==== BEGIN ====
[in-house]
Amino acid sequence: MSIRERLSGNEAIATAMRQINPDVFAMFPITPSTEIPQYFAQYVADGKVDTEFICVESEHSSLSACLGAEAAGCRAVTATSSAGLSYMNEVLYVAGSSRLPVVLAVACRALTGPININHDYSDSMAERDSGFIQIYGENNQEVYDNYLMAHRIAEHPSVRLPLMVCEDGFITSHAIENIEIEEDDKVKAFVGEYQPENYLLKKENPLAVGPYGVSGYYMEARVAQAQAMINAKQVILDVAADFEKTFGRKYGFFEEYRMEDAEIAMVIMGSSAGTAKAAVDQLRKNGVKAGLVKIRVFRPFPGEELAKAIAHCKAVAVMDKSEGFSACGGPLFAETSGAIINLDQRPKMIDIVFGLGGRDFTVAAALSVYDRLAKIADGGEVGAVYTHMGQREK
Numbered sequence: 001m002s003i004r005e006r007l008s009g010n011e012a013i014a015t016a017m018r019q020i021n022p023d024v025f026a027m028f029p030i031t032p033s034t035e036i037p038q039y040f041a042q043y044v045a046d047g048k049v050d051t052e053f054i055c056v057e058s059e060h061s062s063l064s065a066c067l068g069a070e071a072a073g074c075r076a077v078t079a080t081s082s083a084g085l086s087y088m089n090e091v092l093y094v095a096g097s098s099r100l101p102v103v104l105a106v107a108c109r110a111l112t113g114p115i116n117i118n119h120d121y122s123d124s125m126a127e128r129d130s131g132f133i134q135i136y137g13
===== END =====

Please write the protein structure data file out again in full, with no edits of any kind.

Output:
[in-house]
Amino acid sequence: MSIRERLSGNEAIATAMRQINPDVFAMFPITPSTEIPQYFAQYVADGKVDTEFICVESEHSSLSACLGAEAAGCRAVTATSSAGLSYMNEVLYVAGSSRLPVVLAVACRALTGPININHDYSDSMAERDSGFIQIYGENNQEVYDNYLMAHRIAEHPSVRLPLMVCEDGFITSHAIENIEIEEDDKVKAFVGEYQPENYLLKKENPLAVGPYGVSGYYMEARVAQAQAMINAKQVILDVAADFEKTFGRKYGFFEEYRMEDAEIAMVIMGSSAGTAKAAVDQLRKNGVKAGLVKIRVFRPFPGEELAKAIAHCKAVAVMDKSEGFSACGGPLFAETSGAIINLDQRPKMIDIVFGLGGRDFTVAAALSVYDRLAKIADGGEVGAVYTHMGQREK
Numbered sequence: 001m002s003i004r005e006r007l008s009g010n011e012a013i014a015t016a017m018r019q020i021n022p023d024v025f026a027m028f029p030i031t032p033s034t035e036i037p038q039y040f041a042q043y044v045a046d047g048k049v050d051t052e053f054i055c056v057e058s059e060h061s062s063l064s065a066c067l068g069a070e071a072a073g074c075r076a077v078t079a080t081s082s083a084g085l086s087y088m089n090e091v092l093y094v095a096g097s098s099r100l101p102v103v104l105a106v107a108c109r110a111l112t113g114p115i116n117i118n119h120d121y122s123d124s125m126a127e128r129d130s131g132f133i134q135i136y137g13